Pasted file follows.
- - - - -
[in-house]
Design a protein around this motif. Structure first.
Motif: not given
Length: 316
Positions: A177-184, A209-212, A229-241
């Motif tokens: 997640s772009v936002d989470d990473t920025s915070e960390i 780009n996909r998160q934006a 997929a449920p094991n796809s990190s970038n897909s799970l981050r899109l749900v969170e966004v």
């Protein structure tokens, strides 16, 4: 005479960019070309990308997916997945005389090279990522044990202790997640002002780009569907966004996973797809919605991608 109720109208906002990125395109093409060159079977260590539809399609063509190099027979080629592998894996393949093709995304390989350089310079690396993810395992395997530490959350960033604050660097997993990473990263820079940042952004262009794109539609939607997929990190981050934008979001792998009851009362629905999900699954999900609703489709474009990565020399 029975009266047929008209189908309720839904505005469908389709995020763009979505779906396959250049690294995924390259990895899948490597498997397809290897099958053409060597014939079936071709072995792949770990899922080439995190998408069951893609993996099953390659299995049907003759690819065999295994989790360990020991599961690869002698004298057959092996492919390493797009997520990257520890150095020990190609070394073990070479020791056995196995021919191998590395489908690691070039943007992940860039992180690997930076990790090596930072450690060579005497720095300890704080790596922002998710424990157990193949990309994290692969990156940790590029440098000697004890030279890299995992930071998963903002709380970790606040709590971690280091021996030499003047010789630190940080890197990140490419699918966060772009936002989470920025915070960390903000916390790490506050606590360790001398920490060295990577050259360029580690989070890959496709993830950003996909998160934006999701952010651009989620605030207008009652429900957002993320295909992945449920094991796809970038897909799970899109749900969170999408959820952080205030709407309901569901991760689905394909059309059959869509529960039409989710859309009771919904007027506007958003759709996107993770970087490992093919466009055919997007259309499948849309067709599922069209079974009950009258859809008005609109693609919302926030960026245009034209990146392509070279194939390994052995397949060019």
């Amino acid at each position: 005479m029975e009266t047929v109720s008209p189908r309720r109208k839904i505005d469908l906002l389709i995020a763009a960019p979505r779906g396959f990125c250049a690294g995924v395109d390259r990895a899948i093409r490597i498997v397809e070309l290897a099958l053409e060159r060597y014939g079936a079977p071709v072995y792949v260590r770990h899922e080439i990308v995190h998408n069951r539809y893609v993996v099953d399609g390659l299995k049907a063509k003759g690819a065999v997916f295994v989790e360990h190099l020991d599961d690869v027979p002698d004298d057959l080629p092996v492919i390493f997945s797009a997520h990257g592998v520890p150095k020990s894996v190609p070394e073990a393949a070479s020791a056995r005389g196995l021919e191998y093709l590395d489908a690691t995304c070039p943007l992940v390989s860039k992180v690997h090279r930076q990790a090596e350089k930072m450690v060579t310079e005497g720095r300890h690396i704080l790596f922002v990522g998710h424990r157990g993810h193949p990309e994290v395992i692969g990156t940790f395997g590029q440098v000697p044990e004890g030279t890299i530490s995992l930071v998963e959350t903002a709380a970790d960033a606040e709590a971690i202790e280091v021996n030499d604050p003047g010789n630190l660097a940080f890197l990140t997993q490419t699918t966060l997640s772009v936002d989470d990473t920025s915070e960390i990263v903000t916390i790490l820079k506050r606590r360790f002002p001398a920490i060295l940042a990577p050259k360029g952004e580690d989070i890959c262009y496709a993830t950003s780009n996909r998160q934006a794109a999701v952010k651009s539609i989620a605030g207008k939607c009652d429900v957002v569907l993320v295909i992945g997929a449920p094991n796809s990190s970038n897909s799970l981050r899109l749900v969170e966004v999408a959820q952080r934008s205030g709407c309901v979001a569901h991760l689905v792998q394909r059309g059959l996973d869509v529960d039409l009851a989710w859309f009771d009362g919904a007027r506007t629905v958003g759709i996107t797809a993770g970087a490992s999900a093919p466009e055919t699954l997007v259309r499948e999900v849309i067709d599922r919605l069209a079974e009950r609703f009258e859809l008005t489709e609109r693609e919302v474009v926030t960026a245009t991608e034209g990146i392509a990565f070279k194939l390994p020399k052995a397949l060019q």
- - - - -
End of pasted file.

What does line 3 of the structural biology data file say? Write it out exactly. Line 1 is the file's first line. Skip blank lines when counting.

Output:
Motif: not given